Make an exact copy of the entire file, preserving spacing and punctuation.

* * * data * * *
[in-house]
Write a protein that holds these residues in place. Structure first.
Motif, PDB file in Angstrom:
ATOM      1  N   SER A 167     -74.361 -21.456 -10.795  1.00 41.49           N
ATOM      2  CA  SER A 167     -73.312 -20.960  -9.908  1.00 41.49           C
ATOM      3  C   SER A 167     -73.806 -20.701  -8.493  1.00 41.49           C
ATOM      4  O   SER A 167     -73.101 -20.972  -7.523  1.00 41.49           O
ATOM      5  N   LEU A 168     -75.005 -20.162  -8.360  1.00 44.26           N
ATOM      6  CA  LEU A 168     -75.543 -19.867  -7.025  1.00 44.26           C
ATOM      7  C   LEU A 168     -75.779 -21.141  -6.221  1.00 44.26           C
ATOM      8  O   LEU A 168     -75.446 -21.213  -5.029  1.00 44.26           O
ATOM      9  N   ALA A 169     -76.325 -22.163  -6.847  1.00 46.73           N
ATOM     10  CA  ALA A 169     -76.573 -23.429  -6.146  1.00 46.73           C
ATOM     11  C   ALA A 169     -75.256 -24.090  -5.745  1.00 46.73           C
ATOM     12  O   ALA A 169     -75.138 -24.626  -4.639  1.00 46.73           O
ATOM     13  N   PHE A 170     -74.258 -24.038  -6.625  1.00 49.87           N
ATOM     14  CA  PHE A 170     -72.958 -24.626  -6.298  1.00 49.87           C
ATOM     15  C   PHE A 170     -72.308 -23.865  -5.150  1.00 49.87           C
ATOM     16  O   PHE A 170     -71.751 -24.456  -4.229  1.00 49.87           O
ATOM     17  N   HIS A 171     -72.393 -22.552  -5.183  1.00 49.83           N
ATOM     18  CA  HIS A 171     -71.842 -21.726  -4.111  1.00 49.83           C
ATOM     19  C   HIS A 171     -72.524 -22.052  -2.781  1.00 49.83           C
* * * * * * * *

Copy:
[in-house]
Write a protein that holds these residues in place. Structure first.
Motif, PDB file in Angstrom:
ATOM      1  N   SER A 167     -74.361 -21.456 -10.795  1.00 41.49           N
ATOM      2  CA  SER A 167     -73.312 -20.960  -9.908  1.00 41.49           C
ATOM      3  C   SER A 167     -73.806 -20.701  -8.493  1.00 41.49           C
ATOM      4  O   SER A 167     -73.101 -20.972  -7.523  1.00 41.49           O
ATOM      5  N   LEU A 168     -75.005 -20.162  -8.360  1.00 44.26           N
ATOM      6  CA  LEU A 168     -75.543 -19.867  -7.025  1.00 44.26           C
ATOM      7  C   LEU A 168     -75.779 -21.141  -6.221  1.00 44.26           C
ATOM      8  O   LEU A 168     -75.446 -21.213  -5.029  1.00 44.26           O
ATOM      9  N   ALA A 169     -76.325 -22.163  -6.847  1.00 46.73           N
ATOM     10  CA  ALA A 169     -76.573 -23.429  -6.146  1.00 46.73           C
ATOM     11  C   ALA A 169     -75.256 -24.090  -5.745  1.00 46.73           C
ATOM     12  O   ALA A 169     -75.138 -24.626  -4.639  1.00 46.73           O
ATOM     13  N   PHE A 170     -74.258 -24.038  -6.625  1.00 49.87           N
ATOM     14  CA  PHE A 170     -72.958 -24.626  -6.298  1.00 49.87           C
ATOM     15  C   PHE A 170     -72.308 -23.865  -5.150  1.00 49.87           C
ATOM     16  O   PHE A 170     -71.751 -24.456  -4.229  1.00 49.87           O
ATOM     17  N   HIS A 171     -72.393 -22.552  -5.183  1.00 49.83           N
ATOM     18  CA  HIS A 171     -71.842 -21.726  -4.111  1.00 49.83           C
ATOM     19  C   HIS A 171     -72.524 -22.052  -2.781  1.00 49.83           C